Ethnic Chinese in Brunei
Chinese women and children in Kuala Belait, 1945.
10.1% of the Bruneian population (2015)
|English and Malay as medium of communication in schools and government • Mandarin (lingua franca) • Chinese dialects such as Hokkien, Cantonese, Teochew, Hainanese, Hakka.|
|Buddhism • Christianity • Taoism • Islam • Chinese folk religion|
|Related ethnic groups|
|Singaporean Chinese · Malaysian Chinese · Overseas Chinese|
Ethnic Chinese in Brunei are people of full or partial Chinese – particularly Han Chinese – ancestry who are citizens or residents in Brunei. As of 2015, they constitute 10.1% of the country's population, making them the second largest ethnic group in Brunei. Brunei is home to one of the smaller communities of Overseas Chinese.
Ethnic Chinese in Brunei were encouraged to settle because of their commercial and business acumen. The biggest dialect group is the Hokkien; many originated from Kinmen and Xiamen in China. The Hakka and Cantonese represent a minority of the Chinese population. Despite their small numbers, the Hokkien have a considerable presence in Brunei's private and business sector, providing commercial and entrepreneurial expertise and often operating joint business ventures with Malaysian Chinese entreprises.
During the Song Dynasty (960 AD to 1296 AD) trade was active between Poni (Brunei) and China. By the 17th century, Brunei had a Chinese community. However, trade declined in the 18th and 19th centuries. It was not until Brunei became a British protectorate that immigration increased again. In 1904, there were about 500 ethnic Chinese in Brunei, most of them British subjects. The discovery of oil in 1929 increased the population further. The Chinese population increased significantly during 1931-1947 when it quadrupled. Most of the immigrants arrived from Sarawak, Singapore, and Hong Kong.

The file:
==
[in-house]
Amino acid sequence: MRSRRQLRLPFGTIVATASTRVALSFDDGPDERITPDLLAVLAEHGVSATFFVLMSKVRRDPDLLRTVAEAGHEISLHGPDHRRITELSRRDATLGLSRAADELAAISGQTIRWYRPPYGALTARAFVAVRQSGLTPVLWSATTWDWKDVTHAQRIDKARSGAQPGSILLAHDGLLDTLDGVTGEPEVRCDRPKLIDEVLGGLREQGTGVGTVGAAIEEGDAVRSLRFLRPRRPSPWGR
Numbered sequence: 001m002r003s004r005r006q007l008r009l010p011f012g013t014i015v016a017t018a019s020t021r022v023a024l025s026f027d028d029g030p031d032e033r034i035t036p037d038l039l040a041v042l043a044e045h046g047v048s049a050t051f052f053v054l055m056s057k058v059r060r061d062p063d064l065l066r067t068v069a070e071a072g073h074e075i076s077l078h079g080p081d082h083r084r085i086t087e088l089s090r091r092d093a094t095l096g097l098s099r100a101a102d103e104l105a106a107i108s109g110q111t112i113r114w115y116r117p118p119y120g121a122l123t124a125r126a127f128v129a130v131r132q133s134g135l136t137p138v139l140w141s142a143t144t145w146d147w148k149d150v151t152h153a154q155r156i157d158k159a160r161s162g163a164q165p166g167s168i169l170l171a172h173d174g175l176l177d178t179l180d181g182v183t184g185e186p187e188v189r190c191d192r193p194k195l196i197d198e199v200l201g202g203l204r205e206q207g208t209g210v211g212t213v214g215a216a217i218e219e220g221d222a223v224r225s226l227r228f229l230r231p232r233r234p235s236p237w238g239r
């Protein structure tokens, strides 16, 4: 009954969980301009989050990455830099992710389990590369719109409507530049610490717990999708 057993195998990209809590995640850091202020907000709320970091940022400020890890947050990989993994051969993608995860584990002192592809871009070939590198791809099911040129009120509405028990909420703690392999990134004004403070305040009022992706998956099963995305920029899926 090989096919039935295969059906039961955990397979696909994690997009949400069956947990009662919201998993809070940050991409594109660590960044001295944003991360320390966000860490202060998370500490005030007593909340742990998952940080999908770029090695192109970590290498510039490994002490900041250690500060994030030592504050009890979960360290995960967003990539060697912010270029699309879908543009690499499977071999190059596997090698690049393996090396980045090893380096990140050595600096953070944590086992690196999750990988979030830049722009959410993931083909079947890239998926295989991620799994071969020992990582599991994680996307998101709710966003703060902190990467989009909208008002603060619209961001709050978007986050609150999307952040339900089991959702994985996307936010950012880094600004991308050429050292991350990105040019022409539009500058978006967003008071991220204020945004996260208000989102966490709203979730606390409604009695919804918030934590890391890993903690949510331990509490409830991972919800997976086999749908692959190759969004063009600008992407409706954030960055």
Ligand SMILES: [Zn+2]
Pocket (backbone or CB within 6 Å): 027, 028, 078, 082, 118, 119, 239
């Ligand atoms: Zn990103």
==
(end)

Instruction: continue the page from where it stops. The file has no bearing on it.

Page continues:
As of 1986, it was estimated that over 90% were unable to obtain Bruneian citizenship despite generations of residence in the country. In the recent years, Chinese in Brunei are allowed to obtain Brunei Citizenship although more serious reforms are blocked by the Home Ministry.
- Goh Kiat Chun (Wu Chun), actor and singer.
- Roderick Yong Yin Fatt, former Secretary-General of the Association of Southeast Asian Nations.
- Lim Jock Seng, Second Minister of Foreign Affairs and Trade.
- Goh King Chin, former member of the Legislative Council of Brunei.
- Jaspar Yu Woon Chai, badminton player, Bruneian representative at the 2016 Summer Olympics.
- "Population". 2015. Archived from the original on 20 March 2017. Retrieved 19 March 2017.
- International Religious Freedom Report 2007 - Brunei
- Islamic banking in Southeast Asia, By Mohamed Ariff, Institute of Southeast Asian Studies, pg. 24
- Richter, Frank-Jürgen, ed. (1999). "Overseas Chinese and Overseas Indian Business Networks". Business Networks in Asia: Promises, Doubts, and Perspectives. Greenwood. ISBN 9781567203028. Retrieved 2012-05-16.
- Limlingan, Victor Simpao (1986). The Overseas Chinese in ASEAN: Business Strategies and Management Practices. pp. 240–241.